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Naproxen vs. Ibuprofen: Key Differences & Similarities, Side Effects, Possible Drug Interactions

Naproxen and ibuprofen are both medications that belong to a class of drugs known as non-steroidal anti-inflammatory drugs, or NSAIDs. They are popularly known by their brand names – Aleve (naproxen) and Advil (ibuprofen). Both these medications are so much alike that many people often wonder if they are simply a marketing tactic of pharmaceutical companies to sell the same drug under different names. However, this is not so because there are some differences between both the medicines. Take a look at naproxen vs. ibuprofen and which one is right for you.

How Do Non-steroidal Anti-inflammatory Drugs (NSAIDS) Work?

Naproxen and ibuprofen are non-steroidal anti-inflammatory drugs (NSAIDs). In order to understand the similarities and differences between these medications, it is necessary to first understand how NSAIDs work.(1)

Both naproxen and ibuprofen work by reducing inflammation in the body. They do so by preventing a certain enzyme from manufacturing prostaglandins. Prostaglandins are the body’s main compound responsible for inflammation. (2, 3)

Inflammation is the body’s natural response to any type of injury or infection. People simply assume that all inflammation is harmful. However, temporary inflammation caused by the body to heal an injury or infection is not a dangerous type of inflammation. Chronic inflammation or prolonged inflammation in the body is what is associated with many health conditions, such as many forms of arthritis, inflammatory bowel disease (IBD), and even some types of cancers.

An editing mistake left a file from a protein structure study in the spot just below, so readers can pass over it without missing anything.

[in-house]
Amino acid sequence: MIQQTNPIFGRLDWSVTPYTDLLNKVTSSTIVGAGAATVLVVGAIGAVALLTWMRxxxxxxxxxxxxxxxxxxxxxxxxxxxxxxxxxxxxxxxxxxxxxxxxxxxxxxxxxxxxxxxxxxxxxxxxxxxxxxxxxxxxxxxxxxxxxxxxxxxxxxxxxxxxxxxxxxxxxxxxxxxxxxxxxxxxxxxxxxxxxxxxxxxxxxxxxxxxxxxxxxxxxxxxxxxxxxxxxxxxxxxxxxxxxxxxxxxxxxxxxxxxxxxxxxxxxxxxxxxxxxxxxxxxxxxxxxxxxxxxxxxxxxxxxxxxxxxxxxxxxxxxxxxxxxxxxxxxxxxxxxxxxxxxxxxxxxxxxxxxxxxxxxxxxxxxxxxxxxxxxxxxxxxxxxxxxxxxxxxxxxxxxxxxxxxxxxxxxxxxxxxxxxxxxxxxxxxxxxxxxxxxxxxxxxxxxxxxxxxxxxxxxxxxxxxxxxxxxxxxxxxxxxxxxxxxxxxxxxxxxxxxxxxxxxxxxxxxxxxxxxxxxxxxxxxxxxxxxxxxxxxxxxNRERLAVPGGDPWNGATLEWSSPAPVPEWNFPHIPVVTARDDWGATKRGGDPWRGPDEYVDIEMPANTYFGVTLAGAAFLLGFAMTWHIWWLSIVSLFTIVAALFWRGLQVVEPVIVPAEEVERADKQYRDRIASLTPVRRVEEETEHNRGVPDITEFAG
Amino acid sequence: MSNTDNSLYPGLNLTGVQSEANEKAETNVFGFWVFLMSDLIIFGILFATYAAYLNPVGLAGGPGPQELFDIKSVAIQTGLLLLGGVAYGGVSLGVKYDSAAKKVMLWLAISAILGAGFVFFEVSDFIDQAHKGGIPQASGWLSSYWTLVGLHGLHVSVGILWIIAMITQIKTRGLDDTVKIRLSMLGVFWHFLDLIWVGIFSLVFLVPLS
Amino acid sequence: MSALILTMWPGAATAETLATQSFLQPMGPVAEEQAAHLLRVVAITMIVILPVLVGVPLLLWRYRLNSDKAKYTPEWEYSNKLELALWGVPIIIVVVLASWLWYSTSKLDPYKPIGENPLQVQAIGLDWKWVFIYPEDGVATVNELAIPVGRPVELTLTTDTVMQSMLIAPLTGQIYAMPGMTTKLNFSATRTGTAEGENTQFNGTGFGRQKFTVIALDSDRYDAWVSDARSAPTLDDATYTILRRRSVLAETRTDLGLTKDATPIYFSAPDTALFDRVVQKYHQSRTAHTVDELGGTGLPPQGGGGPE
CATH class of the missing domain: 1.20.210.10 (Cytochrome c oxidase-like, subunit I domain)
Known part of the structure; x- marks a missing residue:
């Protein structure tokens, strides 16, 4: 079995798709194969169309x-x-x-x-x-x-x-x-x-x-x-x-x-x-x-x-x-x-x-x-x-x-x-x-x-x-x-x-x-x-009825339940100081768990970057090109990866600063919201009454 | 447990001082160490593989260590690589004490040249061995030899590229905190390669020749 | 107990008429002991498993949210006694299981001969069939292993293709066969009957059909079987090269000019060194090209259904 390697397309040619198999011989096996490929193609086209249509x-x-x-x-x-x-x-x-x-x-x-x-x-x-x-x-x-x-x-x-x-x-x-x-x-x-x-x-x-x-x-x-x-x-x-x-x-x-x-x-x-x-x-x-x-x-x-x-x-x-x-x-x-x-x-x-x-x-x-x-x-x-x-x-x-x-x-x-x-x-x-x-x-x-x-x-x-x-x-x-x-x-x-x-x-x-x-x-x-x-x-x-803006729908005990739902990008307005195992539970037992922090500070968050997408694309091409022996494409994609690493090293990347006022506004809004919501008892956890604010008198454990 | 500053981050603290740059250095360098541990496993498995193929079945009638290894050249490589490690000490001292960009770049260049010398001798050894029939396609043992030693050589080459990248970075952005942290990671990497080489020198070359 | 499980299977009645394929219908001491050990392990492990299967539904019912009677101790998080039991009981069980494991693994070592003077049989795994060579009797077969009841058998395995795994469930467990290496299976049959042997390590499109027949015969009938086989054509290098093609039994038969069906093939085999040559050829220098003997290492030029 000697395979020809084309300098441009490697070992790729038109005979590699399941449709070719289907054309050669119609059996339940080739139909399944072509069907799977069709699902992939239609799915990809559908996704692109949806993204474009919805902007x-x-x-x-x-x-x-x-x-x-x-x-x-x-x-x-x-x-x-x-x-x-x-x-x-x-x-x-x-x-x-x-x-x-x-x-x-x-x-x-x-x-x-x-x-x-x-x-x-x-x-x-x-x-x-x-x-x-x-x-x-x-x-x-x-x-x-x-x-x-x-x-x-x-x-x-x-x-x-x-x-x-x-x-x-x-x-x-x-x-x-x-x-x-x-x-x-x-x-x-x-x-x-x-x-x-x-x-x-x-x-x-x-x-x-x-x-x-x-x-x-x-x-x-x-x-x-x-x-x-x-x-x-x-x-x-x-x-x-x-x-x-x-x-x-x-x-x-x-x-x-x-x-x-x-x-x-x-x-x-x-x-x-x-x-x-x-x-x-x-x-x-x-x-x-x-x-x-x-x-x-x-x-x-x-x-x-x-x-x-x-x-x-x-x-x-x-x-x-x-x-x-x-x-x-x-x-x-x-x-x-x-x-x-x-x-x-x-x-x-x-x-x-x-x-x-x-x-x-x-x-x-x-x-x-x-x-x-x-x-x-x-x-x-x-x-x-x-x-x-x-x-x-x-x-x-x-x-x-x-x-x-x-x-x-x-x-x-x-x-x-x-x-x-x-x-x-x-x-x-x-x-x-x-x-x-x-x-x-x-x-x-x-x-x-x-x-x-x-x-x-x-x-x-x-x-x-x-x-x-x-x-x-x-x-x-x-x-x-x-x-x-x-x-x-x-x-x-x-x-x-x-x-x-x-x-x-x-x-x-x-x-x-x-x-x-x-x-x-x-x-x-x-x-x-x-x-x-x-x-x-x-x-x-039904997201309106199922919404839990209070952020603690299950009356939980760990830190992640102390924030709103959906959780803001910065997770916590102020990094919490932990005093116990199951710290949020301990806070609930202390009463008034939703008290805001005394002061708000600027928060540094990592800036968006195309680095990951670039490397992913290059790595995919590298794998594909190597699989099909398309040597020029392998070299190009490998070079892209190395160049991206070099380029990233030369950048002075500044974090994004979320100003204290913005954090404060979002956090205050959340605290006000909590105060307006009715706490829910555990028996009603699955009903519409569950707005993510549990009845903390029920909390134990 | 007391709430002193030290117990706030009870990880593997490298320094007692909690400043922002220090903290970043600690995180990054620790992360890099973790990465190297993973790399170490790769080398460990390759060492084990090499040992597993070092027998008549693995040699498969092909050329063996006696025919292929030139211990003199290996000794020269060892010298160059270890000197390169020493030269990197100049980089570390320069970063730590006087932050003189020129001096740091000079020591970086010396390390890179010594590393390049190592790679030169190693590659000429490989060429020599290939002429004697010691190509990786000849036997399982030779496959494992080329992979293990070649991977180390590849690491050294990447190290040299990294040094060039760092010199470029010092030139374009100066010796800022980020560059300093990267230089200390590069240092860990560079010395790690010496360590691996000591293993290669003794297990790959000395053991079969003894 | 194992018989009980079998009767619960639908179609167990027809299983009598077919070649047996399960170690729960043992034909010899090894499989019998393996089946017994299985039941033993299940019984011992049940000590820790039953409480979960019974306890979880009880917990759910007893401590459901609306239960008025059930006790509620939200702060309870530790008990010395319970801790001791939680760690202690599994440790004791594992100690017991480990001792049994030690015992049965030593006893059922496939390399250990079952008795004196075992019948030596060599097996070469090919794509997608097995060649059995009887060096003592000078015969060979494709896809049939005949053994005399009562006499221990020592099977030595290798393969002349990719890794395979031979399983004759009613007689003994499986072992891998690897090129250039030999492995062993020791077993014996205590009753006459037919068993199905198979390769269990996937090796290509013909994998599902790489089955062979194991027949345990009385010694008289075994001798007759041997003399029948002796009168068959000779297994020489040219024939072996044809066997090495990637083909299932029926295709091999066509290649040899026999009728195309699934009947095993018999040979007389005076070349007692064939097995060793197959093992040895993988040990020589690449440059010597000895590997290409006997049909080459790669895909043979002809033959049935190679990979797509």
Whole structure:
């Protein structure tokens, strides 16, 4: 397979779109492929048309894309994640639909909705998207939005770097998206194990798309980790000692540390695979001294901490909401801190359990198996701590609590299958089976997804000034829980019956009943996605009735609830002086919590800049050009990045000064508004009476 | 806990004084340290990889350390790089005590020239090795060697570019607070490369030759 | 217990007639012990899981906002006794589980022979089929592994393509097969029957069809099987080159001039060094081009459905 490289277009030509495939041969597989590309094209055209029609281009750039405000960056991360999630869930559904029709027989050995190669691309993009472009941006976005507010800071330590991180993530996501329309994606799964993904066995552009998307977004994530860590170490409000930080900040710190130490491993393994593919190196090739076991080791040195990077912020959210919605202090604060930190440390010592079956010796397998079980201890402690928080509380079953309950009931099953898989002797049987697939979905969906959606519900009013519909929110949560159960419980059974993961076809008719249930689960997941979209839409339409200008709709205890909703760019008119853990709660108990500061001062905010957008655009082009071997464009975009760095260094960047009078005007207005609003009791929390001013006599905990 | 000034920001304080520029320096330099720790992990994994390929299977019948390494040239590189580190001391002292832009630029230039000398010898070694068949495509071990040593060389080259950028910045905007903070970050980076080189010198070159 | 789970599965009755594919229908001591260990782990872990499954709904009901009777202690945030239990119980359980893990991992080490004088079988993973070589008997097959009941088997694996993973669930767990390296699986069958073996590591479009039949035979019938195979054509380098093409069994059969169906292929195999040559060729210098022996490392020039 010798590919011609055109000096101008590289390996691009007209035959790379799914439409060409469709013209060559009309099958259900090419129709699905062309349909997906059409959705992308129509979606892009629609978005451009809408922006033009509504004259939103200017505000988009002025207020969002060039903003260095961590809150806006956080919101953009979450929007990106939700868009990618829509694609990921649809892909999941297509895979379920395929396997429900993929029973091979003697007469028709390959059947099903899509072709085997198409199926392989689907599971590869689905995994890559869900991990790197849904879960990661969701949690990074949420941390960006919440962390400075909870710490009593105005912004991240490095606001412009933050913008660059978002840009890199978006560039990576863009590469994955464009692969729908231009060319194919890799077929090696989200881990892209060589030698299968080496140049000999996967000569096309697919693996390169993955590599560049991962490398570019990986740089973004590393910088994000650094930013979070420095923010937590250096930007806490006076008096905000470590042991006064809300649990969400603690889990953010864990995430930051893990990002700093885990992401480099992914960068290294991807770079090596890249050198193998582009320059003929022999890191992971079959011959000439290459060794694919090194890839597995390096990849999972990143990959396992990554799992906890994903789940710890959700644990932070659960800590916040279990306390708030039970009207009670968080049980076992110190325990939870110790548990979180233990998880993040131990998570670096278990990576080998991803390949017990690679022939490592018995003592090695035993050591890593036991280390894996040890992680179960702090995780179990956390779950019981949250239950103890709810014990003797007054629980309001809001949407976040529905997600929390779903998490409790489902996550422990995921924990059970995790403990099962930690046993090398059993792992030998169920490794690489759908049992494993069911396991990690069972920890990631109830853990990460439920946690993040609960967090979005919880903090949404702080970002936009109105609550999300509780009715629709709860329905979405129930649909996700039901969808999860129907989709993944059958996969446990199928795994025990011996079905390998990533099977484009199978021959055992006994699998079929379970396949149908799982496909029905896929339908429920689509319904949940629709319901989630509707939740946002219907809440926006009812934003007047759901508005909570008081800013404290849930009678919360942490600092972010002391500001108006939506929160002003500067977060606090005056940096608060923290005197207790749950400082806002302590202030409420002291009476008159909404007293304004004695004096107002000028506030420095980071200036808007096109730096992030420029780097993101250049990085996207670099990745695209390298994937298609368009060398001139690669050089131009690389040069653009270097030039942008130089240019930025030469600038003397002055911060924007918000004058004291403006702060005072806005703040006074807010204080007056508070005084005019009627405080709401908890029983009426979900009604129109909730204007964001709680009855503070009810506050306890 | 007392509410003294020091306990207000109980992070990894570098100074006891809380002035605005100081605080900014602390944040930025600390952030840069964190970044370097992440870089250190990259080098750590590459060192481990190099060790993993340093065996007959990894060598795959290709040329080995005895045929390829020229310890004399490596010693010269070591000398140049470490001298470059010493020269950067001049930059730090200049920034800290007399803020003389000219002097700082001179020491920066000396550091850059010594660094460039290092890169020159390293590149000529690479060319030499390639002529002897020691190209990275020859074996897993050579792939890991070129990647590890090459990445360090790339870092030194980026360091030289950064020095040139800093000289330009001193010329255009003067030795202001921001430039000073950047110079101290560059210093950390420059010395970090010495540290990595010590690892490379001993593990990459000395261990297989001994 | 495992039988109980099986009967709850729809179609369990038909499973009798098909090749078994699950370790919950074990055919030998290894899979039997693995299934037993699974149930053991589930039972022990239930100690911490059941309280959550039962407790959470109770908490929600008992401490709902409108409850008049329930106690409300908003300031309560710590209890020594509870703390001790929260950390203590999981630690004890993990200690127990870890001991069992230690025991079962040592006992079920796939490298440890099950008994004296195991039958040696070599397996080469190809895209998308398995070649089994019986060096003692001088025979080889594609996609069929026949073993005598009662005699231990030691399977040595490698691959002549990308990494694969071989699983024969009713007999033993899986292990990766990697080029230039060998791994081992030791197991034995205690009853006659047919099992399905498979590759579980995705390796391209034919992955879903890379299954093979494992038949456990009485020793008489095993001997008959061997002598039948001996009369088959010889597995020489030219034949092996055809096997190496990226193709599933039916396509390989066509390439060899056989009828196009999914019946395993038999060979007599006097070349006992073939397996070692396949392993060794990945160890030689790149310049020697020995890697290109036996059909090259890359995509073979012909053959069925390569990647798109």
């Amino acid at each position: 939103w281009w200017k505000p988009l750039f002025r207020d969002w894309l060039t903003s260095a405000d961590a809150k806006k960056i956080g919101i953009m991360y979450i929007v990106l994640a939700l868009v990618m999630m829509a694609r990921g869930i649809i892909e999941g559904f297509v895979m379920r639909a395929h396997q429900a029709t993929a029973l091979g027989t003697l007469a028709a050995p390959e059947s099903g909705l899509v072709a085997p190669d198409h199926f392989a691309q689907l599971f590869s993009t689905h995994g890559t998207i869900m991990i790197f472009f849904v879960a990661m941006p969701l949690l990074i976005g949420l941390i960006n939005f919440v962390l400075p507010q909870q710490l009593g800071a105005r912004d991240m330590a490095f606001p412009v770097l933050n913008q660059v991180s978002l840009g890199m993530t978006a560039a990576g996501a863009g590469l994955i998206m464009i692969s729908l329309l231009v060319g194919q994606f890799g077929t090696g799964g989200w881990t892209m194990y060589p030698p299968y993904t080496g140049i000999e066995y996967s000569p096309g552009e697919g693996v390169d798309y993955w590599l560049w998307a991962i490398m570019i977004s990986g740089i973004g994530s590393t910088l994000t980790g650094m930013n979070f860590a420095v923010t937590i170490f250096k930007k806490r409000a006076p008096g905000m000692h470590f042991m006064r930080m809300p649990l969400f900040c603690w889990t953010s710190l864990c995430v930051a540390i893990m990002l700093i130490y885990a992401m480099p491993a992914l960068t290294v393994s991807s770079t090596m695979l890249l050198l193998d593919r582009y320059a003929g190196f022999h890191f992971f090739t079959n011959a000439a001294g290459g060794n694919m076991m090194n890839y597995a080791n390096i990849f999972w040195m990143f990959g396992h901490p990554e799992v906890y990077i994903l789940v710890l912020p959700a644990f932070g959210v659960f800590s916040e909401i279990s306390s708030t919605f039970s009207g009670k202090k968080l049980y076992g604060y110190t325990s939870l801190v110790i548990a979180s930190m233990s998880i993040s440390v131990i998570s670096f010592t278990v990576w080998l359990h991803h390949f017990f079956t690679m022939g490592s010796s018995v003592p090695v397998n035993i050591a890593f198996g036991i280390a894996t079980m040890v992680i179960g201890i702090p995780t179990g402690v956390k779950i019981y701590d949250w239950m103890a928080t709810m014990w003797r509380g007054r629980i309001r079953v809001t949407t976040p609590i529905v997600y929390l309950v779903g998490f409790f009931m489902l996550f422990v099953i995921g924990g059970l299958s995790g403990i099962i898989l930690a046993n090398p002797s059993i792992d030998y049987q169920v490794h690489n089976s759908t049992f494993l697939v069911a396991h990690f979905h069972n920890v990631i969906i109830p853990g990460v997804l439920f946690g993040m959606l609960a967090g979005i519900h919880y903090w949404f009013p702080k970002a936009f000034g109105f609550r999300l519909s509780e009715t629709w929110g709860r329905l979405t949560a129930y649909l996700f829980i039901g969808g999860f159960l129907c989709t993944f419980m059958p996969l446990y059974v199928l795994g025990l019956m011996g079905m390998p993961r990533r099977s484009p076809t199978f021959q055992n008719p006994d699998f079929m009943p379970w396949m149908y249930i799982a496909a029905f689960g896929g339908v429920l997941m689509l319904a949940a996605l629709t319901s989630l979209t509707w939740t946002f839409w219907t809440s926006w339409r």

Swelling, pain, redness, and heat are some of the most common indications of inflammation. People tend to experience pain relief shortly after taking non-steroidal anti-inflammatory drugs such as ibuprofen and naproxen. However, the inflammation can continue to last for weeks, even after the pain disappears.

Once the prostaglandins associated with inflammation reach the brain, they can also cause fever, which can be treated temporarily by naproxen and ibuprofen.

Ibuprofen and naproxen work by blocking the very enzyme that produces the prostaglandins. They also disrupt the platelet activity in the body, thus prevent the formation of blood clots.

By blocking the production of prostaglandins, both ibuprofen and naproxen are able to treat aches and pains from the following conditions:

Naproxen vs. Ibuprofen: Key Differences & Similarities

Naproxen and ibuprofen are very similar to each other, but there are certain differences as well. The biggest difference between the two drugs is that ibuprofen is short-acting, meaning that pain relief from ibuprofen does not last for too long. Naproxen, on the other hand, is long-acting, and therefore, the pain relief lasts for a longer time. This fundamental difference is also what makes doctors prescribe naproxen for treating pain in chronic health conditions.(5)

Naproxen is more likely to lead to an upset stomach, but ibuprofen has relatively lesser side effects.

Ibuprofen, though, can be prescribed to young children as well, but naproxen can only be used in children who are 12 years and older. Some forms of ibuprofen are manufactured in a manner that they are easier for smaller children to take.

Ibuprofen and naproxen also have different uses, though some of them even overlap.


Doctors prescribe naproxen in the treatment of the following:


Doctors prescribe ibuprofen in the following conditions:

As per the recommendations of the American College of Rheumatology (13), NSAIDs should be used for the early stage management of symptoms in osteoarthritis of the knees, hips, and hands. However, they do not list any one of the NSAIDs to be more effective than the other.